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Marine renewable energy debated

By WBKatri  |  Posted: July 05, 2013

Guest speaker Oankar Birdi, from RenewableUK with Cllr Julian German and Nicholas Wallet from Cornwall Council

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THE ECONOMIC potential of the emerging marine renewable energy sector in Cornwall and the Isles of Scilly and neighbouring Brittany was debated at an industry workshop at the Green Cornwall Show recently.

Guest speakers painted an optimistic picture of the evolving opportunities for businesses in the two coastal regions where the development of marine energy has been identified as a key priority.

Dozens of companies attending the event at Heartlands in Pool received advice on how to enter or grow in the supply chain for wave and tidal energy.

However, they were also urged to be realistic about the challenges faced in operating in a sector that is still in the development stages and yet to be commercially viable.

The workshop was organised by Cornwall Marine Network (CMN) and University of Exeter as part of the EU project MERiFIC. It saw the UK launch of a Procurement Code of Practice guide for small businesses, published by CMN and French project partners Technôpole Brest-Iroise.

The MERiFIC project aims to stimulate growth in the sector in the peripheral regions of Cornwall and the Isles of Scilly in the UK and Finistère in France.

Guest speakers included Oankar Birdie from RenewableUK, and Johnny Gowdy from RegenSW and South West Marine Energy Park, and other Cornish businesses successfully operating in the sector including Mojo Maritime and Large Diameter Drilling.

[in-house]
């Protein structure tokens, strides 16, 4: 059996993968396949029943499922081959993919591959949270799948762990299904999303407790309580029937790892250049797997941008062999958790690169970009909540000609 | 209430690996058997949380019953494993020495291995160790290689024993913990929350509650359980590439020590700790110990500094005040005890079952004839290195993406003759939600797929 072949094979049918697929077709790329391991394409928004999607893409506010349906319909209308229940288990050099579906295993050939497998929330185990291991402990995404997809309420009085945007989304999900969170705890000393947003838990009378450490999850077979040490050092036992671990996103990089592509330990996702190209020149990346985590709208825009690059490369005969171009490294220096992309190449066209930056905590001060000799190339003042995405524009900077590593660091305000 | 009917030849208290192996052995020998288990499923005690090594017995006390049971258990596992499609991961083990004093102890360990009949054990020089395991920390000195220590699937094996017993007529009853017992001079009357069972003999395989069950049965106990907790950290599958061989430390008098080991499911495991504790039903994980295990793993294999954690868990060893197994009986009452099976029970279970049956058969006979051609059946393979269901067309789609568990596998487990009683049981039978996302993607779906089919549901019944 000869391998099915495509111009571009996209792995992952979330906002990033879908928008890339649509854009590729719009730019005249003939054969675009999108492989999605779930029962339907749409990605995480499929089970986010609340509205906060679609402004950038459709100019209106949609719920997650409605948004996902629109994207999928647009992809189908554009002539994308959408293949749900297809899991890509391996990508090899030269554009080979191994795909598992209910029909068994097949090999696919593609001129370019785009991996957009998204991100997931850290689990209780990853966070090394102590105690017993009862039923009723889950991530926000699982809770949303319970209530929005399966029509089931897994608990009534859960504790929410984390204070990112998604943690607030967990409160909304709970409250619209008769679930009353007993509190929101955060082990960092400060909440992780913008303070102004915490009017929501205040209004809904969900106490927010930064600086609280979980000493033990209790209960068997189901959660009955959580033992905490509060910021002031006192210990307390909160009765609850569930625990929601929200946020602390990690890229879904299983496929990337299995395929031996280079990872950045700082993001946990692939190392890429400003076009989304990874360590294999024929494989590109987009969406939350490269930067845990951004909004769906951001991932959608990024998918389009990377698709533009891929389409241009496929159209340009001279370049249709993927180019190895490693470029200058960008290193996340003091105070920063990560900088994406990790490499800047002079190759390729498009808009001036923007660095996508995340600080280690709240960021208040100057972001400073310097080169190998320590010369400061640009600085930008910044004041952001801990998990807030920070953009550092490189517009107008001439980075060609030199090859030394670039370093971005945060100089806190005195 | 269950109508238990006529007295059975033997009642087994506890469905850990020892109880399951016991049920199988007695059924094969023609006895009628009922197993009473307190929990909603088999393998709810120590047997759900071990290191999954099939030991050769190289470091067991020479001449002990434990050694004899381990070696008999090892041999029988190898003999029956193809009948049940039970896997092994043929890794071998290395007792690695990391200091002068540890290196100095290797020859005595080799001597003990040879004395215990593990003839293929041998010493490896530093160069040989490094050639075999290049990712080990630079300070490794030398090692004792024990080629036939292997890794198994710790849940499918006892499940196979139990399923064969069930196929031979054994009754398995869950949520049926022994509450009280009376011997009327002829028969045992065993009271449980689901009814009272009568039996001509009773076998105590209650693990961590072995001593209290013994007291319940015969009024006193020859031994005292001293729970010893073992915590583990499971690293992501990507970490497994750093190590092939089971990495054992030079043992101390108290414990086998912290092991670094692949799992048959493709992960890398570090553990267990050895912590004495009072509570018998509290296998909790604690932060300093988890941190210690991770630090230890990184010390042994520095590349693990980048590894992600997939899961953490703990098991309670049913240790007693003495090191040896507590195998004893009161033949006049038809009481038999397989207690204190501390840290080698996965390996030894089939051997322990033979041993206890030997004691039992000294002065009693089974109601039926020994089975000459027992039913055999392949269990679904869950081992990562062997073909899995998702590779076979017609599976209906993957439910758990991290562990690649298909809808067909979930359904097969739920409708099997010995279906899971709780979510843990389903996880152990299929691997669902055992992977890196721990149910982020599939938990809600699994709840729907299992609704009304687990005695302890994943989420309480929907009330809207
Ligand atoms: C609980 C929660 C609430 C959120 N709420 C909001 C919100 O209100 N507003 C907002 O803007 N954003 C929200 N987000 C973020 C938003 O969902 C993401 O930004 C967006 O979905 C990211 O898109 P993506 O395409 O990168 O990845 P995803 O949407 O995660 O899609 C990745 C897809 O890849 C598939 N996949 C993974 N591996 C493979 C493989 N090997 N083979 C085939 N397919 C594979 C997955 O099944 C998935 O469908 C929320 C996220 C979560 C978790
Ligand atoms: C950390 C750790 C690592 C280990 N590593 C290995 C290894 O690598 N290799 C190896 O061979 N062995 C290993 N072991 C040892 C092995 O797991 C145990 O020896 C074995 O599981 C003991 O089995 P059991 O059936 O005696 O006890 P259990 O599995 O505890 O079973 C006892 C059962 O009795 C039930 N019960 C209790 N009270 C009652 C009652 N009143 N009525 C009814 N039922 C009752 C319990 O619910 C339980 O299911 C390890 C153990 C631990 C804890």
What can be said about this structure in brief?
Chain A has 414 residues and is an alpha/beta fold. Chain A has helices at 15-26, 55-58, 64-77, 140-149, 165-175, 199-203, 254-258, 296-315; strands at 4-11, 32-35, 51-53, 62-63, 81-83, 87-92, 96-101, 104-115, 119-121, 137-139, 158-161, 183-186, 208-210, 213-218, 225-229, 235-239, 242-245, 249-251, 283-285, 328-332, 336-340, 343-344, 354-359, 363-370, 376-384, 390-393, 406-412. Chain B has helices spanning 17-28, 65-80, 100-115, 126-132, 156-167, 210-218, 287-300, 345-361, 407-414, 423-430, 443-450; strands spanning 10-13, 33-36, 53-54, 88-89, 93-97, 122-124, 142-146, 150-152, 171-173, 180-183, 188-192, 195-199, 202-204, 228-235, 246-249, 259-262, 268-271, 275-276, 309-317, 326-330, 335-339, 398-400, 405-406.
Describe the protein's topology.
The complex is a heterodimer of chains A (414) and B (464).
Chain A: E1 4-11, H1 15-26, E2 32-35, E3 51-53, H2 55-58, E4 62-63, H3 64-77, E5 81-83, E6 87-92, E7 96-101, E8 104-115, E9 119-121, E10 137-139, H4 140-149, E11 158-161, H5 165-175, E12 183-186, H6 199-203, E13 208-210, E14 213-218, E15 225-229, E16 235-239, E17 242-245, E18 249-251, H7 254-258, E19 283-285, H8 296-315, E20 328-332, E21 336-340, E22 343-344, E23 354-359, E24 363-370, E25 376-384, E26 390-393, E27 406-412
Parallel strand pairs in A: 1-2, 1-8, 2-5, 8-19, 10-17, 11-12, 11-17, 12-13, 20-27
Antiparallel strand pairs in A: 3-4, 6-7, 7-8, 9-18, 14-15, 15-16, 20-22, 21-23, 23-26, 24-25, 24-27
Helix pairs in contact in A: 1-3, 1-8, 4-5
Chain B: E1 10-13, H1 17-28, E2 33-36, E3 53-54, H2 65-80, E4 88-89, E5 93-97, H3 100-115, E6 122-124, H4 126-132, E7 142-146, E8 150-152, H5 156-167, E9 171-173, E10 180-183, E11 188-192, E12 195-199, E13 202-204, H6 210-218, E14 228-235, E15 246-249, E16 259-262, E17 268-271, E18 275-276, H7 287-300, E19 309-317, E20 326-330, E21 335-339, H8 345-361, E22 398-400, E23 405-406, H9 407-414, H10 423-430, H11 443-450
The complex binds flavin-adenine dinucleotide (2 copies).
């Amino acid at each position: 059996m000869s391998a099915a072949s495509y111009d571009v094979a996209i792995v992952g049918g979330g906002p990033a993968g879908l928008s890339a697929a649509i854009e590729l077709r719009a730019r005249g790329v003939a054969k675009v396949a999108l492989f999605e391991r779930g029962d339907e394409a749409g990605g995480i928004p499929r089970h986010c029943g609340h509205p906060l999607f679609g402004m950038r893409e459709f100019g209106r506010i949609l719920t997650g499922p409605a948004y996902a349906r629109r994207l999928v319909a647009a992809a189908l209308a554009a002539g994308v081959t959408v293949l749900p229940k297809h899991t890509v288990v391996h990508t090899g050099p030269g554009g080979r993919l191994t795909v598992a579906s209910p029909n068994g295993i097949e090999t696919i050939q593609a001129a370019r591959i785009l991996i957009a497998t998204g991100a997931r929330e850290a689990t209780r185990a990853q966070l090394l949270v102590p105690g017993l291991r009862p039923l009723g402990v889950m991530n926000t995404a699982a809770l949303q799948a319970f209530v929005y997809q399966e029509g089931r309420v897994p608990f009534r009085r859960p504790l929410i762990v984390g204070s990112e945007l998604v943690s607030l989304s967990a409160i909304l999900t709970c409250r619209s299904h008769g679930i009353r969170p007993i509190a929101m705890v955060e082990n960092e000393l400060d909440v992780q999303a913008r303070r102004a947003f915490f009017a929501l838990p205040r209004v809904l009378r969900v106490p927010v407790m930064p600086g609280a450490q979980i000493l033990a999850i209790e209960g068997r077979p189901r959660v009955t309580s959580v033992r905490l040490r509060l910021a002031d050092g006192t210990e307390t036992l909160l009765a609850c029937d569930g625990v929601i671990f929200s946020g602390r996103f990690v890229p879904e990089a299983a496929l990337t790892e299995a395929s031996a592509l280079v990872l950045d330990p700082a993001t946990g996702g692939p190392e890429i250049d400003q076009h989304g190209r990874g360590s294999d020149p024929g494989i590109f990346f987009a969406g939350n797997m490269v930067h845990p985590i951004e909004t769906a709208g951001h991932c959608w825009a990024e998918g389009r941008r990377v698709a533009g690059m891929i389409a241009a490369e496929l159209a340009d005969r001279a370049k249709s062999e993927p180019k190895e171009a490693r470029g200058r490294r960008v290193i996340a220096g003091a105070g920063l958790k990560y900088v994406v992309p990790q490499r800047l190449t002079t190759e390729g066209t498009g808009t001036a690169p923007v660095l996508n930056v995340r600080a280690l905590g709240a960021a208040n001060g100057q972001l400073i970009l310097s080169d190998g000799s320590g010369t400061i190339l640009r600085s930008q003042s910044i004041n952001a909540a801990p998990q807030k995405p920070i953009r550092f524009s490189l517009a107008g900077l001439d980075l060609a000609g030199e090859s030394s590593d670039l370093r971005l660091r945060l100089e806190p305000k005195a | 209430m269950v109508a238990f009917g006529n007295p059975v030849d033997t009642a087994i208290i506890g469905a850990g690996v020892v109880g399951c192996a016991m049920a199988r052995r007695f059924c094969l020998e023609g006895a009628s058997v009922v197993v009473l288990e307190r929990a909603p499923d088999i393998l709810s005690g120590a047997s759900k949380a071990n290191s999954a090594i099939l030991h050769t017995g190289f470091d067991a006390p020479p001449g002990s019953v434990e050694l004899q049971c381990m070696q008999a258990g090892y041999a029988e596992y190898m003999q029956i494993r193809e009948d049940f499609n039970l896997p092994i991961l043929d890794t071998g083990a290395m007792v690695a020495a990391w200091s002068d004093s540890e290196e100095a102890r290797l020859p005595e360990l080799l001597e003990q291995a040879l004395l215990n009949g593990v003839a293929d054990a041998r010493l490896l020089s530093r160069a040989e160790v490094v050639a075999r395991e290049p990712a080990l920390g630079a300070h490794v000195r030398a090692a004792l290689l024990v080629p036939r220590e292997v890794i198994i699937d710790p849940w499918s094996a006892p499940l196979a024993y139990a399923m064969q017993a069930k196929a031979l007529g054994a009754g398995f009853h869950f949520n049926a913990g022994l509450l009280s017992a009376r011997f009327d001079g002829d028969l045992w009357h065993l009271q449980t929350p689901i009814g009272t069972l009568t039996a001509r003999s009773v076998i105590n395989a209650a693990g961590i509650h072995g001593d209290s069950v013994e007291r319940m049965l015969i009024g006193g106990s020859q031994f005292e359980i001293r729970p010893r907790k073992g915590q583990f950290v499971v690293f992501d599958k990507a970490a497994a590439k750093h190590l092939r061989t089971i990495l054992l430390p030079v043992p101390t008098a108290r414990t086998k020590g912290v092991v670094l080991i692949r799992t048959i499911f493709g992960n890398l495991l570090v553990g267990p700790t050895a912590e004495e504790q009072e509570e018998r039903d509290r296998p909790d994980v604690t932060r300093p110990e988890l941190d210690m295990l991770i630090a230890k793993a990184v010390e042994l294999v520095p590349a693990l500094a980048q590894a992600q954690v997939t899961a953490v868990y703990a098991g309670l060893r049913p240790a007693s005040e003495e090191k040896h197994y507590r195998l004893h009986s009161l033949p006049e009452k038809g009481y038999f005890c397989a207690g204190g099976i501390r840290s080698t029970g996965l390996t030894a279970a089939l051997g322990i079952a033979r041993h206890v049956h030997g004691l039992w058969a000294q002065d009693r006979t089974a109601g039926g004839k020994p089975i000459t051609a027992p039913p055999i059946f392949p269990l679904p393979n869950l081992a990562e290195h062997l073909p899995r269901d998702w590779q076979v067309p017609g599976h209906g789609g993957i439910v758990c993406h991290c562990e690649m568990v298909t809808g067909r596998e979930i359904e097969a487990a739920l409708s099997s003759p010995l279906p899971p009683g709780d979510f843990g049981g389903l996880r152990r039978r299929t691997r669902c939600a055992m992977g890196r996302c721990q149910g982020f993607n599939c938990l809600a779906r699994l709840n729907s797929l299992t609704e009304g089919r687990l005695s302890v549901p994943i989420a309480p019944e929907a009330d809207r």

Cllr Julian German, Cornwall Council cabinet member for economy and culture, said: “This business event provided valuable information on how to engage in the opportunities within the emerging marine renewable energy industry in Cornwall.

"There is growing momentum behind this relatively fledgling sector. This is supported locally by the EU MERiFIC project, led by Cornwall Council, and the South West Marine Energy Park collaboration.”

For further details about the MERiFIC project and to download a copy of the Procurement Code of Practice guide, visit www.merific.eu

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  • josdave  |  July 07 2013, 3:48PM

    All people have done now is talk about it for years and done nothing. The sea is the source of the most consistent form of energy there is so why has nothing been done? Nothing to do with the lobbying by the oil companies is it or is that the cynic in me?